Feels like most of my time at the moment is spent in 'research' of one form or another.
In PhD terms, this means reading. Lots. Eventually there will be a practical side but for the time being I'm wading through online journals, scrolling through PDFs, and making notes like there's no tomorrow. Hopefully enough notes that I can find things again later - something I never had to worry about when I was an undergraduate because I read papers and added paragraphs to the related essay at the same time. That style just isn't going to work on something as long as a PhD thesis, so I'm gradually learning to be a different kind of student.
Research for fiction is much easier - and much broader. If you're someone like me who likes nothing better than trying out new things and learning about a variety of obscure subjects, being a writer gives you a great excuse. Who knows when you'll want to write how it feels to make a parachute jump, or when you'll need to know the antidote for belladonna poisoning - and reading about things that have nothing to do with your current projects can give you more inspiration than you know what to do with. Once you start writing fiction, even being ill or injured becomes good 'research'.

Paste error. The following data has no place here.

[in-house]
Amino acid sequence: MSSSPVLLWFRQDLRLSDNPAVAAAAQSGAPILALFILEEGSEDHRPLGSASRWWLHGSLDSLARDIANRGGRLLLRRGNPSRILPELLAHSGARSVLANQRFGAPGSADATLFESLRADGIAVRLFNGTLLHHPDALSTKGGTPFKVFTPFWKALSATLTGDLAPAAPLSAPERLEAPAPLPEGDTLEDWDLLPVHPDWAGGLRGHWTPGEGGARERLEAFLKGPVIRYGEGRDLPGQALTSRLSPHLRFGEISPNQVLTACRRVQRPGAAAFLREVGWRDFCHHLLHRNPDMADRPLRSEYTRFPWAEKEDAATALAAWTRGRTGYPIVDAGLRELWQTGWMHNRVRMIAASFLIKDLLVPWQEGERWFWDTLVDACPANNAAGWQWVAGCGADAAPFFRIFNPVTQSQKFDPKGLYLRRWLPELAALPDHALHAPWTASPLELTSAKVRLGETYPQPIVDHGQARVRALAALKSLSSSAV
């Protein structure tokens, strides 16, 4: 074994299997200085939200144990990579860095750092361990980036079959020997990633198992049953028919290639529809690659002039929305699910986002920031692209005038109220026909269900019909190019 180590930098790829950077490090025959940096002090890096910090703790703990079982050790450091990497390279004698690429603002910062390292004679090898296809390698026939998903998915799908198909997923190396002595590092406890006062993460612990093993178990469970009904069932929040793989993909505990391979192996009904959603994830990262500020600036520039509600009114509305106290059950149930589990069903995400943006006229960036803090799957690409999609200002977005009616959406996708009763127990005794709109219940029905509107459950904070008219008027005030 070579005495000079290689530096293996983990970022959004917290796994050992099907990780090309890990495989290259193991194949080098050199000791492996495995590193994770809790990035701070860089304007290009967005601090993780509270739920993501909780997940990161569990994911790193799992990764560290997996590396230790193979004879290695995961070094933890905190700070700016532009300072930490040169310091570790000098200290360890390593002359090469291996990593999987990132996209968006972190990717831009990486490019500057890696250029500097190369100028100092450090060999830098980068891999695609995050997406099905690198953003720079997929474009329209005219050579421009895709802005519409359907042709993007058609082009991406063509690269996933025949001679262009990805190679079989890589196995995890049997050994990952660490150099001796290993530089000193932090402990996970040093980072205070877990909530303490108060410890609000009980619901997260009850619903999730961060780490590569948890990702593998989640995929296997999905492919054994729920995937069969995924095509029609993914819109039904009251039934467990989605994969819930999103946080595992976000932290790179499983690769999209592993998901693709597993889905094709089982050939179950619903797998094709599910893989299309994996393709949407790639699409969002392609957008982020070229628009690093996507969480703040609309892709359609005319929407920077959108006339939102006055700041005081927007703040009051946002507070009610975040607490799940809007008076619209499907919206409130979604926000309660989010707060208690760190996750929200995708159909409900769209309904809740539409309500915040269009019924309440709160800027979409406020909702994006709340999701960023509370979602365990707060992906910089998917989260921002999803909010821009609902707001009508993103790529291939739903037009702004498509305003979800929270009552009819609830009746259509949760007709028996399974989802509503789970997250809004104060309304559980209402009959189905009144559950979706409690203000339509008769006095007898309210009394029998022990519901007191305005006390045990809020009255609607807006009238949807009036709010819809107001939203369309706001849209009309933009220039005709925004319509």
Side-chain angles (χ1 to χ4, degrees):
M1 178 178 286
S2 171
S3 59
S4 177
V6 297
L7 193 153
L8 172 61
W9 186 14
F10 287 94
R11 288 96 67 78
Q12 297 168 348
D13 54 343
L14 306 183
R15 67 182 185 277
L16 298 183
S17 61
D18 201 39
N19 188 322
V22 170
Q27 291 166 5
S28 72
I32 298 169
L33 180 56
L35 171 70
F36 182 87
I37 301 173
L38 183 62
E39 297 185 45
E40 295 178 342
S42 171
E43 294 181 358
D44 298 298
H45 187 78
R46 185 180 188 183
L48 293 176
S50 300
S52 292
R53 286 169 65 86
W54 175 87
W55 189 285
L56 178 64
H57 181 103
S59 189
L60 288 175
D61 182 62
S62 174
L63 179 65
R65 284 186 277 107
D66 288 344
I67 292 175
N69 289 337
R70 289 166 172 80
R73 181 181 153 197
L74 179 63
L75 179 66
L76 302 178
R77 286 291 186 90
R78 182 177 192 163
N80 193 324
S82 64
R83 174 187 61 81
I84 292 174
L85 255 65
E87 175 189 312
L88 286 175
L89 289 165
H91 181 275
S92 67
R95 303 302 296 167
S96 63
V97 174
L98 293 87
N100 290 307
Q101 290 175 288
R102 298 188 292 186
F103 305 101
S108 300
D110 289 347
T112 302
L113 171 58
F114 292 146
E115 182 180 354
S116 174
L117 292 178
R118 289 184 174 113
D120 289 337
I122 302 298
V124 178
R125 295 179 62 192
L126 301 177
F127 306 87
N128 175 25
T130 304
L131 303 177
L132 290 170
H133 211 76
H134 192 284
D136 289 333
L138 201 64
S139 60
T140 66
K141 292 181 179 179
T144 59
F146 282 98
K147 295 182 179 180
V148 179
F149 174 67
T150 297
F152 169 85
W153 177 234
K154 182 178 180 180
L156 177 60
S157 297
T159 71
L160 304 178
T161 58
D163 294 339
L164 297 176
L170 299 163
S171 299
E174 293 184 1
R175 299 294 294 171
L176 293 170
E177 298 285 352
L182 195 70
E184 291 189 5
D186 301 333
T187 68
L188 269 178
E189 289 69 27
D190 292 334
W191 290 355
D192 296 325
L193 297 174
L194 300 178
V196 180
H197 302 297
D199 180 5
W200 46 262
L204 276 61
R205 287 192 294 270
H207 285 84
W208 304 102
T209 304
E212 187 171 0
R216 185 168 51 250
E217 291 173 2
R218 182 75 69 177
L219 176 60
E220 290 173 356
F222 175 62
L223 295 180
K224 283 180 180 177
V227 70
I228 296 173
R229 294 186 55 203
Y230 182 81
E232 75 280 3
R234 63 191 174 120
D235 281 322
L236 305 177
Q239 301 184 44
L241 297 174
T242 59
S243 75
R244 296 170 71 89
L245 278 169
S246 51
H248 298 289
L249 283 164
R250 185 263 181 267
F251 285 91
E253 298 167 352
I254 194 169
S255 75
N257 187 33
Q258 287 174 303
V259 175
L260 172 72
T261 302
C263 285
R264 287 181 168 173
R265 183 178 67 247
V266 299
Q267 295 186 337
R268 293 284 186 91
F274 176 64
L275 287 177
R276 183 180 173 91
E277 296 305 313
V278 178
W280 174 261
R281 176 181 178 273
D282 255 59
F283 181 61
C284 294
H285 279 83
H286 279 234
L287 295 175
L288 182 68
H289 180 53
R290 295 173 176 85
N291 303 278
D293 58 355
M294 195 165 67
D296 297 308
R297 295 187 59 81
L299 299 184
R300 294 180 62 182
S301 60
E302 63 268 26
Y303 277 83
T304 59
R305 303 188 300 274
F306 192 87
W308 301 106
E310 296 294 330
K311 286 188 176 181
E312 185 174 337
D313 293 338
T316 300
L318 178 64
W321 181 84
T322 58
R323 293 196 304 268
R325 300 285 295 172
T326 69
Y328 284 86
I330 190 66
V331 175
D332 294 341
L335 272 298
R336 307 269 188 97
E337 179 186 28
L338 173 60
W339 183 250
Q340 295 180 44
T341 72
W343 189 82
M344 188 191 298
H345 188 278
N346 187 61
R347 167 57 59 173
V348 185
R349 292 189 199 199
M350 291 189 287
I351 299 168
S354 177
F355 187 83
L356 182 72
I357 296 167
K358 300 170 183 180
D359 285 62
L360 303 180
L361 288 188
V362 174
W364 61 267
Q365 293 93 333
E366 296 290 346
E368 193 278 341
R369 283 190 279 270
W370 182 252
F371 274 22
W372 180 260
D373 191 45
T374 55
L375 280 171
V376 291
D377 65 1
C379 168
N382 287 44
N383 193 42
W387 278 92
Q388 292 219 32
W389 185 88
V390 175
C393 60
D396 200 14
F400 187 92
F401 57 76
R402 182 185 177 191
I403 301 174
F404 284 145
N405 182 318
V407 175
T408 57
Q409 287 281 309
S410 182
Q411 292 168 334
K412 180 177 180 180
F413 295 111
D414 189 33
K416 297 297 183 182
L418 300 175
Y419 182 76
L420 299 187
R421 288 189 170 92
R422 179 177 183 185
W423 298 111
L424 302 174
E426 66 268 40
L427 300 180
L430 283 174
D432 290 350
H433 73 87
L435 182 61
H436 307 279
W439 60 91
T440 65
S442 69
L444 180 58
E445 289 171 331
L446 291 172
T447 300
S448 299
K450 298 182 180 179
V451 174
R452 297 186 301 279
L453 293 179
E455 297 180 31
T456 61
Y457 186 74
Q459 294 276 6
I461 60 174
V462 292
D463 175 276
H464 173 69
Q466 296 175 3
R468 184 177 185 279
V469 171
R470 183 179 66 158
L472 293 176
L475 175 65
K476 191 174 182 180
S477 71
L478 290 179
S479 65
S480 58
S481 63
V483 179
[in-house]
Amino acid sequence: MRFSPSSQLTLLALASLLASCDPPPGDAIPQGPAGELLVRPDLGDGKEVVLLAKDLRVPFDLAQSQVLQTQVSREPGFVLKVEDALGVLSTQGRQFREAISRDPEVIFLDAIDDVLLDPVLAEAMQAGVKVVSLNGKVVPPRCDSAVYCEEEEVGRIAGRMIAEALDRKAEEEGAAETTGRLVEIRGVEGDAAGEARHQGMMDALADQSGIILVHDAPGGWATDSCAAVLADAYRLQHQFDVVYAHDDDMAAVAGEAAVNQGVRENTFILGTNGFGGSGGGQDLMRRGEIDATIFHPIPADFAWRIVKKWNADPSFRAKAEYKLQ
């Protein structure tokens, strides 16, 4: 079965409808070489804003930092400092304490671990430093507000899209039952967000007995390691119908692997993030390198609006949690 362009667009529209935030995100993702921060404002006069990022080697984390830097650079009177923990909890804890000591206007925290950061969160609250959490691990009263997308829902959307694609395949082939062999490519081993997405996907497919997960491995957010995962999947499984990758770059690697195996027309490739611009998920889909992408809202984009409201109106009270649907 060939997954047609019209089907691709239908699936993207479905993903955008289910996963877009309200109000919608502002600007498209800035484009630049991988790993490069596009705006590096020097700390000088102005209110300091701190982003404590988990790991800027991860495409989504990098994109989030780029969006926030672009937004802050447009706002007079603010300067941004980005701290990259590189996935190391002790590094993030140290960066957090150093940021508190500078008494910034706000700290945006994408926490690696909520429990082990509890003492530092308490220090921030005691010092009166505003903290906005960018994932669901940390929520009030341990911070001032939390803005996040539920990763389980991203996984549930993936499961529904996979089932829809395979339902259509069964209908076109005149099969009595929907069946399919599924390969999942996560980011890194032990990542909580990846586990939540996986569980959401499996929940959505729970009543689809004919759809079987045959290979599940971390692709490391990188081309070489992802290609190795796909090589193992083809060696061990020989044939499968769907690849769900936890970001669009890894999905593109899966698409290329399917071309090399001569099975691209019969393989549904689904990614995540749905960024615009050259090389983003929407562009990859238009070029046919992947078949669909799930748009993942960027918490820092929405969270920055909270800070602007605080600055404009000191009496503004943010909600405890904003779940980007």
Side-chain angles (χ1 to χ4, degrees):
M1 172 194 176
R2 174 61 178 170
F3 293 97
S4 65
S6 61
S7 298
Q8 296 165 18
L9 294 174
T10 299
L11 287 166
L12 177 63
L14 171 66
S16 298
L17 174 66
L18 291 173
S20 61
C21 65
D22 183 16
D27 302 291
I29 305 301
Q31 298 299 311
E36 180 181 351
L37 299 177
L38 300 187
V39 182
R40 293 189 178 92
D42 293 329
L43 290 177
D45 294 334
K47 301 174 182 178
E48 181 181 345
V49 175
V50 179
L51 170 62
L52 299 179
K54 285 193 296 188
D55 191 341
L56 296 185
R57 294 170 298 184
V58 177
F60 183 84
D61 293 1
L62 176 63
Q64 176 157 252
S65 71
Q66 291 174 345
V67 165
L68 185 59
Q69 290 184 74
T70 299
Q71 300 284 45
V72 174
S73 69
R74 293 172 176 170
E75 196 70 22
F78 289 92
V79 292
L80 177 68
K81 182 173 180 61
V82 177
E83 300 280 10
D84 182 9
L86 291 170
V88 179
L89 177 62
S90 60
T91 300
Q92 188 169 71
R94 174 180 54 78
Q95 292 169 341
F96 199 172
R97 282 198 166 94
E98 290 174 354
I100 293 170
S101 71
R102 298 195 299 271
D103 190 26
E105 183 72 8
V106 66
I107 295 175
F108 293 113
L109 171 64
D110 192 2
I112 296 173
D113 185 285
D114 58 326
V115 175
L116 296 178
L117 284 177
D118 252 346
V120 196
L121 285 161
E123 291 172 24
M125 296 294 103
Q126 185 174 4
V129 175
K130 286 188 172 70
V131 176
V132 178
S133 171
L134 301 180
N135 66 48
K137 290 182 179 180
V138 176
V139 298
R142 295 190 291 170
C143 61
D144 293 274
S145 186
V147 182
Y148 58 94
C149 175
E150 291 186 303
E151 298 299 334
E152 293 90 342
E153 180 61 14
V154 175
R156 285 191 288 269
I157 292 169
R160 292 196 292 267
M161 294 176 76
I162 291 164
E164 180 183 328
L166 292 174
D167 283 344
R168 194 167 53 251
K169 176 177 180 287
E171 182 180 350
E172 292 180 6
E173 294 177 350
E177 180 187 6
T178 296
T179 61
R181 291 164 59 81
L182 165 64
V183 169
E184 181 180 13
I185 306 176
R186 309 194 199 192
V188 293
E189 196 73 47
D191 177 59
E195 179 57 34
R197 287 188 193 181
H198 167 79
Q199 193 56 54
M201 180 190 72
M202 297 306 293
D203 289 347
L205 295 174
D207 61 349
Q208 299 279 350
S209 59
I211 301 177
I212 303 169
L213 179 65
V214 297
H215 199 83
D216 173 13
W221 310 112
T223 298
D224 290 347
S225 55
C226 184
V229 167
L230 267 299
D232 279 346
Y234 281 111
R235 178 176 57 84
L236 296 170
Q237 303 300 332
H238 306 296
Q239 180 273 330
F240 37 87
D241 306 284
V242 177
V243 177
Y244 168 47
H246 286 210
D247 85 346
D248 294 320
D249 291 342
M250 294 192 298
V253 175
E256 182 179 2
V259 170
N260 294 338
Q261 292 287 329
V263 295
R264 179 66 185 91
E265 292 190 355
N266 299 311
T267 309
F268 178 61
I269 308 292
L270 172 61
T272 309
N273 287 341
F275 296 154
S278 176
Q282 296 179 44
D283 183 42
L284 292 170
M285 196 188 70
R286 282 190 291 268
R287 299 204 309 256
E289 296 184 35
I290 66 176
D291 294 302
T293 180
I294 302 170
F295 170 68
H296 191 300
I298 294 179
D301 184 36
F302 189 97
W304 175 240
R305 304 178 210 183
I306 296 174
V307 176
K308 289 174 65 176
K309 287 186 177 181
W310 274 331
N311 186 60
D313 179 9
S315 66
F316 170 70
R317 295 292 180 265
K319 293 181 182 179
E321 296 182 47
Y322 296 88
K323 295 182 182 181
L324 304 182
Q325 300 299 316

Of course, there are plenty of times when you need to find out a specific fact - and now! I always find the 'Character & Plot Realism' board on the NaNoWriMo forums a really good read - it's fascinating to see what other people want to know to inform their writing. And I often wish there was a novelists' version of delicious so writers could share their favourite research sites.
A few of my perennial favourites, aside from Wikipedia, are listed (in no particular order) below. I wonder what these say about my writing?
- http://www.botanical.com/botanical/mgmh/mgmh.html - a 1930s herbal reference, including medicinal uses and poisons.
- http://www.pfaf.org/leaflets/med_uses.php - essentially a modern version of the same, with up-to-date info on what plants actually work to relieve which symptoms.
- http://www.biblegateway.com - translations of the Bible into almost every language you could imagine, including various historical translations.
- http://www.entertheninja.com/ninja_fact/weapons.php - ninja weapons, need I say more?
- http://www.medievality.com - very good introduction to all things medieval, handy when you suddenly need to brush up on torture devices...
- http://www.marinewaypoints.com/learn/glossary/glossary.shtml - nautical terminology, traditional & modern.
- http://www.rspb.org.uk/wildlife/birdguide/families/index.asp - birds and more birds, including pictures, sound clips of their calls, and behavioural descriptions.
- http://www.thenewparentsguide.com/most-popular-baby-names.htm - all baby name guides are good, but this one is particularly handy for historical settings as it has popularity by year/decade.
- http://www.fashion-era.com - fashion & clothing through the ages.